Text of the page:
Published 25 October 2015
The Federal Circuit Court has found for a lingerie store manager after her employment contract was not renewed following a complaint she made regarding the inappropriate sexual advances of a male director at a work function.
Ms Crawford had formerly been employed as a lingerie store manager for Steadmark Pty Ltd, operating a number of lingerie stores throughout Australia.
Ms Crawford alleged she had been exposed to unlawful adverse action, claiming Steadmark had contravened section 340 of the Fair Work Act by dismissing the applicant as a result of exercising her workplace right to make a complaint regarding the conduct of a Managing Director towards her at a work function.
In April 2014, Ms Crawford attended a work dinner with a number of her colleagues. It is here that she alleged the a Managing Director made her feel “extremely uncomfortable” after repeatedly brushing his leg against hers and insisting she attend a dinner away from head office where they could discuss her future in more detail without being disturbed.
Ms Crawford claims she politely, but firmly declined, making clear that such inappropriate advances were not welcome.
Despite her reluctance, the following day the Ms Crawford called the Managing Director to inform him of the store’s daily sales figures. Ms Crawford claims the Director curtly responded, “[t]hanks very much for that, now that you have ruined my night you little slut”.
Ms Crawford reported the incident to her National Retail Manger, Ms Galina, who apologised and promised to commence an investigation. The company, however never followed up her complaint.
In May, after failing to attend a meeting due to illness, Ms Crawford received notice that her six month contract had ended and would not be renewed.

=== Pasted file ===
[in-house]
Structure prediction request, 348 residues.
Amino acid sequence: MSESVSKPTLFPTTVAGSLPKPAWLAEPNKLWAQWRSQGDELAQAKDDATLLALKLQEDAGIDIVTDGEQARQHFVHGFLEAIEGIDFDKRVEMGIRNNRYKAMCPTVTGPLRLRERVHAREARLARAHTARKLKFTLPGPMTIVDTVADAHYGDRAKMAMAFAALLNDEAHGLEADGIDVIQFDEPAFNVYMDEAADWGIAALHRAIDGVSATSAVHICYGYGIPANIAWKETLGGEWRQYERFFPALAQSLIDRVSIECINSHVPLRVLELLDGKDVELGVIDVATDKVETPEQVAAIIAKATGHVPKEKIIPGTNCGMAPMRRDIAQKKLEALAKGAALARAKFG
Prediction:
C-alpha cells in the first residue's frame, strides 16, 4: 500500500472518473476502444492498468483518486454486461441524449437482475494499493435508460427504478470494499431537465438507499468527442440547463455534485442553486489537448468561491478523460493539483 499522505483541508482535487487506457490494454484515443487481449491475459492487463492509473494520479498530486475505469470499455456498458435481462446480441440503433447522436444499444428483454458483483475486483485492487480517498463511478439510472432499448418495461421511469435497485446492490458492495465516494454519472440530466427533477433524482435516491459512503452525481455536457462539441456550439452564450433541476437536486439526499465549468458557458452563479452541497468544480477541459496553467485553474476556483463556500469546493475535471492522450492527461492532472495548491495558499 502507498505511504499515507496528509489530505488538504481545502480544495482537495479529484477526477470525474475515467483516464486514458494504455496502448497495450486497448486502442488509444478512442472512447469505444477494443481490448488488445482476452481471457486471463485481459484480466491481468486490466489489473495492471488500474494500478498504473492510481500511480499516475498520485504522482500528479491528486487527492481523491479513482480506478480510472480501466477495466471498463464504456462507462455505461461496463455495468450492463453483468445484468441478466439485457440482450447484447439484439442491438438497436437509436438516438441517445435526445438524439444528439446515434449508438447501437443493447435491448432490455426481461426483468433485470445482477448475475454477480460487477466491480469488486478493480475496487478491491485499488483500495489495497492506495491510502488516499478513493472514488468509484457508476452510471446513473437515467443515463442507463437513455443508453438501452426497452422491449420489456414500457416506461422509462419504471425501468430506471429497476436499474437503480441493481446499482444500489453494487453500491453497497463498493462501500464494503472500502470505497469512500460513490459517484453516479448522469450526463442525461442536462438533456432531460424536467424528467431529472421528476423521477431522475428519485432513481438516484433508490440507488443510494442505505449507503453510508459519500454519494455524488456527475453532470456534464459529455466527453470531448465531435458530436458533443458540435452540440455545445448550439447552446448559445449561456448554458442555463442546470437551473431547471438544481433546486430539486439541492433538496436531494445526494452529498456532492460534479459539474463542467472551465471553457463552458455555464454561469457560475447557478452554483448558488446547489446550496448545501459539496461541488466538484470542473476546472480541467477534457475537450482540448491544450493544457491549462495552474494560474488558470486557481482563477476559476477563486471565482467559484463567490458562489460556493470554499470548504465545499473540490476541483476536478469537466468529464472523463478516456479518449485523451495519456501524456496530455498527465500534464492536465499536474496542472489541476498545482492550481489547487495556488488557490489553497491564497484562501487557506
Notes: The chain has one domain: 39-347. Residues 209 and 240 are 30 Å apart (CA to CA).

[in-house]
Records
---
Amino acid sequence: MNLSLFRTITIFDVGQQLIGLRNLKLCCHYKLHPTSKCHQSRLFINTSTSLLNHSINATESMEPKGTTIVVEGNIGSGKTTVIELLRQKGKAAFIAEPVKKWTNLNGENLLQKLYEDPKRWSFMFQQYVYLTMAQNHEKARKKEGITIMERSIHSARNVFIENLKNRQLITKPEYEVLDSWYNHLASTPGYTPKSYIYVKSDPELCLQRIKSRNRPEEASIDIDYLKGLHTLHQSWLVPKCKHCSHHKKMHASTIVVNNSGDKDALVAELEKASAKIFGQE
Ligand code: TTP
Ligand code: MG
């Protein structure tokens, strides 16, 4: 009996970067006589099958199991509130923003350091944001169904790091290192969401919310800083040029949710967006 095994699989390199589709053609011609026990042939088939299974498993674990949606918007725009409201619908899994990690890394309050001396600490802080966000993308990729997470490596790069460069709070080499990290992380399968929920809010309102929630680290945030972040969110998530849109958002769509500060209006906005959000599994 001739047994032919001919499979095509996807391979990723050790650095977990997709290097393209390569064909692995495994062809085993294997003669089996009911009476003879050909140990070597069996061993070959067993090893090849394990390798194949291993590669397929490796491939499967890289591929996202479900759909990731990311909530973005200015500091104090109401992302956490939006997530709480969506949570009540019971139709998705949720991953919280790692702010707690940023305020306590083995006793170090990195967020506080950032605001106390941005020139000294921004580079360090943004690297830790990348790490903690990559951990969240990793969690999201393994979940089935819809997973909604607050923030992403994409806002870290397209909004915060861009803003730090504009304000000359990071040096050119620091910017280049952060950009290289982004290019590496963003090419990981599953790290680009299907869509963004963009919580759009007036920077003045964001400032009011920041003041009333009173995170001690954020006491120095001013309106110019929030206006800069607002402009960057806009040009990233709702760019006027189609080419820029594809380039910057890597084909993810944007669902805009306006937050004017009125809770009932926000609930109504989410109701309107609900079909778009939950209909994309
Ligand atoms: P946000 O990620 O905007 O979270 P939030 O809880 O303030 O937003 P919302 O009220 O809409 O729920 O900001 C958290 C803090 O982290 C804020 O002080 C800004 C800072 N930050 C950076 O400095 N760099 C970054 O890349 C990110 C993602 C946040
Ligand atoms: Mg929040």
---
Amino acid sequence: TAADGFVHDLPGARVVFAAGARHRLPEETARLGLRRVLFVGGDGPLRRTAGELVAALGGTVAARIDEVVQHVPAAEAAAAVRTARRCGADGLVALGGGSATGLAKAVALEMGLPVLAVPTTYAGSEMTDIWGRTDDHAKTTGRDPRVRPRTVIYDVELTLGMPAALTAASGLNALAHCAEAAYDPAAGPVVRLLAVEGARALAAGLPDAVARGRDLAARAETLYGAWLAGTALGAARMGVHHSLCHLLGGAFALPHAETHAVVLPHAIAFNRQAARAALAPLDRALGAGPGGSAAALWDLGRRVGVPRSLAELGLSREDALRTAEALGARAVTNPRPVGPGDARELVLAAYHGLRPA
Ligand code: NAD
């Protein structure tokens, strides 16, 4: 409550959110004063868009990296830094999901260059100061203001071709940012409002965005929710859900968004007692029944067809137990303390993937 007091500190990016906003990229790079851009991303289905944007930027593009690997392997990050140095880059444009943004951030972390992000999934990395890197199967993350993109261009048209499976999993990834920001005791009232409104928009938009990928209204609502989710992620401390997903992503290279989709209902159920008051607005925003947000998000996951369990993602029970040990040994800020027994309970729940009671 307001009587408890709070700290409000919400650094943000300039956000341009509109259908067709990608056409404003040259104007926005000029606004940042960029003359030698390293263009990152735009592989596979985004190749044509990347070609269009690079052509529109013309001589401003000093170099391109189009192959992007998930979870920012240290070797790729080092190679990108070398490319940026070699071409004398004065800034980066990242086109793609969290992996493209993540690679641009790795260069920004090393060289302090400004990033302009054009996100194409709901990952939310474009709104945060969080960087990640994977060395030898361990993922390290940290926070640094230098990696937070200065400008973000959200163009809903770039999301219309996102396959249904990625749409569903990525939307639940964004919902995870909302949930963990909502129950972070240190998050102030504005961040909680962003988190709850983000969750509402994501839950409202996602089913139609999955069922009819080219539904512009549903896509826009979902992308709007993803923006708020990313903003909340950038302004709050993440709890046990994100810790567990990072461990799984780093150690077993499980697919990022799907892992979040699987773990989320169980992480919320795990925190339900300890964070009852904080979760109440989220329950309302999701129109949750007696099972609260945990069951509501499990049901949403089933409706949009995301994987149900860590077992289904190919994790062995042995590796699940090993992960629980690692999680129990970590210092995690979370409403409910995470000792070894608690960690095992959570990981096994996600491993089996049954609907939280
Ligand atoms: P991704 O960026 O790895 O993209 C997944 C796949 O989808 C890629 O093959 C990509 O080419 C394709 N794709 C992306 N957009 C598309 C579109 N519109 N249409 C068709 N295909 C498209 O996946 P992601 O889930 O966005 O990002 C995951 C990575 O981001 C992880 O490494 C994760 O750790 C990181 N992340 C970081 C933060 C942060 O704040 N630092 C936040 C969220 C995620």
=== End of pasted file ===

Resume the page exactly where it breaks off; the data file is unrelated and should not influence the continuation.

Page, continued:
The Commission in coming to a decision, considered whether the applicant’s complaint was a “substantial and operative” reason for the decision not to re-employ her.
Under s361 of the Fair Work Act, there is a rebuttable presumption in favour of the employee, imposing an onus on the employer to prove that adverse action was not taken against the employee for exercising her right to make a complaint,
It was found that the timing of events, Ms Galina’s conduct in consciously trying to distance herself from the complaint, the likely sequence of events on the night in question and the post complaint conduct, were all factors making it reasonable to infer that the decision to take adverse action was motivated by Ms Crawford’s complaint.
Furthermore, it was concluded that Ms Galina’s denials proved insufficient to discharge the onus under section 361, Judge O’Sullivan of the opinion, that her oral evidence was simply an attempt to reconstruct her reasoning process with the benefit of hindsight due to the scrutiny the company was now under.
It was ultimately held that Steadmark had not discharged its burden and Ms Crawford was not re-employed for the substantial and operative reasons that she had made a complaint. Judge O’Sullivan ordered that Ms Crawford be compensated for her loss of income, but there was insufficient evidence to determine whether her re-employment would have continued for a substantial period of time had it not been for the adverse action. Consequently, Steadmark and Ms Crawford were directed to agree on an amount for compensation.